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Digital downloads break through the £1bn barrier

A quarter of the home entertainment market is now digital, with more than £1bn being spent on downloaded films, music and games in 2012, according to the latest figures from the Entertainment Retailers Association (ERA).

That's an increase of 11.4% over 2011. The same figures show a big drop in sales of physical, disc-based media. Sales of CDs, DVDs, Blu-rays and video games fell by 17.6% in 2012, although they still account for around three quarters of the market.

Video games accounted for more than half of digital sales at £552m (+8%). Films and music had a smaller share of the digital market but grew more sharply, with downloaded films up by 20% and music by 15%.

Kim Bayley, director general of the ERA, says that breaking the £1bn barrier was an "incredible achievement" for retailers.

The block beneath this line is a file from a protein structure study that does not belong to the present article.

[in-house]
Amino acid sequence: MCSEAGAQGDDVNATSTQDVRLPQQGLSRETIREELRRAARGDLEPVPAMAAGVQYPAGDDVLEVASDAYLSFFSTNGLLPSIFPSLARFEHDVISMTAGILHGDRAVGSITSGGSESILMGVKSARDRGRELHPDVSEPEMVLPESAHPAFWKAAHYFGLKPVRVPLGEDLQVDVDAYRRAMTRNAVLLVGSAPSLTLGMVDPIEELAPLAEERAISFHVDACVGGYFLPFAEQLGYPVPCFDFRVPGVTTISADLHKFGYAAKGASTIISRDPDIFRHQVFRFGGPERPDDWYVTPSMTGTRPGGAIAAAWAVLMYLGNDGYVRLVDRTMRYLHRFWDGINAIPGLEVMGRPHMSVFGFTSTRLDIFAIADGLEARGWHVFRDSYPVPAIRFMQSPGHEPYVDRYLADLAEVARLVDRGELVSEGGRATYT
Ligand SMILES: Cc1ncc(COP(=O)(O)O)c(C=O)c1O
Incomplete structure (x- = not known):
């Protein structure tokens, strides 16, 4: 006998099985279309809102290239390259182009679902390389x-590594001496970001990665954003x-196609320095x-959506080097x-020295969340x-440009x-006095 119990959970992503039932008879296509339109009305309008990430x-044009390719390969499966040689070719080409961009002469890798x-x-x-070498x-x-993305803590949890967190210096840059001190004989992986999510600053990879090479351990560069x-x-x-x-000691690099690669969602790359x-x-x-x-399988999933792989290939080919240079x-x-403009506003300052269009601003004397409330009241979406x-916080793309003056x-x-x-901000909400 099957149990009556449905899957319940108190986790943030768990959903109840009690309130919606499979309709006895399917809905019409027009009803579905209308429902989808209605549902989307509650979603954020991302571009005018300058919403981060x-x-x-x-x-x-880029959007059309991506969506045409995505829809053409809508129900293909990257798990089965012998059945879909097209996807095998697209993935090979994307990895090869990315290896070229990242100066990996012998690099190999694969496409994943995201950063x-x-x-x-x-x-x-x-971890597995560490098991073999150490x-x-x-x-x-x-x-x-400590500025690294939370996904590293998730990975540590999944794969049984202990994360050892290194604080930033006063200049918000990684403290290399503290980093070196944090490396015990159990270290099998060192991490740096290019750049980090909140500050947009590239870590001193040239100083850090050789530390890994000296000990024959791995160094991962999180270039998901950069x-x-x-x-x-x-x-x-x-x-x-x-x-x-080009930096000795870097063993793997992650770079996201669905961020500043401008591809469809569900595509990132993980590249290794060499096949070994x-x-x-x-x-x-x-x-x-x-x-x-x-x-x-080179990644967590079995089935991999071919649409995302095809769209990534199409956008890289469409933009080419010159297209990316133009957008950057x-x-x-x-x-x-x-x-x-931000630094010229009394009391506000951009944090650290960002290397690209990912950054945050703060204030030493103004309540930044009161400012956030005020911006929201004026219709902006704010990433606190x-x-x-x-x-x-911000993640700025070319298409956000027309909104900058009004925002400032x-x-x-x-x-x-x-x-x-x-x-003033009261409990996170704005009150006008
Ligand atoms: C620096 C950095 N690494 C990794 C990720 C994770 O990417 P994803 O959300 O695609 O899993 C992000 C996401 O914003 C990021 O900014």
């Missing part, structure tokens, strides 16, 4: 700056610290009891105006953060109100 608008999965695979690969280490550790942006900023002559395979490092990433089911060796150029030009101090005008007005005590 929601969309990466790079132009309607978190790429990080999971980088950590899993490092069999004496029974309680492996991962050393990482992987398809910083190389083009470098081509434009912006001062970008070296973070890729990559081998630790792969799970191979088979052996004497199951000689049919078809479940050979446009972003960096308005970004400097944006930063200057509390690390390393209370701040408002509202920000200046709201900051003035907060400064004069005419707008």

"This reflects their huge investment in new and innovative services – which means you can buy music, video and games literally at any time of the day and wherever you are.

"At the same time I suspect that many people will be surprised to learn just how resilient the physical business still is – with three-quarters of entertainment sales still on disc.

"Downloads offer convenience and portability, but people still seem to value the quality and tangibility of a physical product."

The complete breakdown of digital sales is as follows:

• Music £383m (up 15.1% on 2011)

• Films/video £98m (+20.3%)

• Video games £552m (+7.7%)

• Total: £1,033m (+11.4%)

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Andy Clough

Andy is Global Brand Director of What Hi-Fi? and has been a technology journalist for 30 years. During that time he has covered everything from VHS and Betamax, MiniDisc and DCC to CDi, Laserdisc and 3D TV, and any number of other formats that have come and gone. He loves nothing better than a good old format war. Andy edited several hi-fi and home cinema magazines before relaunching whathifi.com in 2008 and helping turn it into the global success it is today. When not listening to music or watching TV, he spends far too much of his time reading about cars he can't afford to buy.